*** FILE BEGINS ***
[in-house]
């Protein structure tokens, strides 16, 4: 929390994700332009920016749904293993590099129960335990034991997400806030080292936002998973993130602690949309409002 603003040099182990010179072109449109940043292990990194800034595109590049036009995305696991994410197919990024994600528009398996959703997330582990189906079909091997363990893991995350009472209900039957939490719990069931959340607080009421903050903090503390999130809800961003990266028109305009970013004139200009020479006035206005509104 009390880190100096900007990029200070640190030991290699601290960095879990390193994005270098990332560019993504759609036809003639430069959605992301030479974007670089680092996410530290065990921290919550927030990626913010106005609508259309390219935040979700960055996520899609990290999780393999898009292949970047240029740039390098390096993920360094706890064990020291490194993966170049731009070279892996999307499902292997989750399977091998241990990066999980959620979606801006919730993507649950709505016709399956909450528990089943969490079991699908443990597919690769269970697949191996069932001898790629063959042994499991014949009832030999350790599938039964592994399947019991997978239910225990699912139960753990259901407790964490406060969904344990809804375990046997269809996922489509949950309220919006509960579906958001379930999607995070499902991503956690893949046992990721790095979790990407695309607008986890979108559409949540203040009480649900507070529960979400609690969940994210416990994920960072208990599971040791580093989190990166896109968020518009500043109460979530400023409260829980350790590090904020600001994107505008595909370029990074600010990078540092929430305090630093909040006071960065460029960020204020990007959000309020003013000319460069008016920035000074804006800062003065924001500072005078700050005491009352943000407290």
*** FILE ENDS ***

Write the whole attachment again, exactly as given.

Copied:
[in-house]
């Protein structure tokens, strides 16, 4: 929390994700332009920016749904293993590099129960335990034991997400806030080292936002998973993130602690949309409002 603003040099182990010179072109449109940043292990990194800034595109590049036009995305696991994410197919990024994600528009398996959703997330582990189906079909091997363990893991995350009472209900039957939490719990069931959340607080009421903050903090503390999130809800961003990266028109305009970013004139200009020479006035206005509104 009390880190100096900007990029200070640190030991290699601290960095879990390193994005270098990332560019993504759609036809003639430069959605992301030479974007670089680092996410530290065990921290919550927030990626913010106005609508259309390219935040979700960055996520899609990290999780393999898009292949970047240029740039390098390096993920360094706890064990020291490194993966170049731009070279892996999307499902292997989750399977091998241990990066999980959620979606801006919730993507649950709505016709399956909450528990089943969490079991699908443990597919690769269970697949191996069932001898790629063959042994499991014949009832030999350790599938039964592994399947019991997978239910225990699912139960753990259901407790964490406060969904344990809804375990046997269809996922489509949950309220919006509960579906958001379930999607995070499902991503956690893949046992990721790095979790990407695309607008986890979108559409949540203040009480649900507070529960979400609690969940994210416990994920960072208990599971040791580093989190990166896109968020518009500043109460979530400023409260829980350790590090904020600001994107505008595909370029990074600010990078540092929430305090630093909040006071960065460029960020204020990007959000309020003013000319460069008016920035000074804006800062003065924001500072005078700050005491009352943000407290």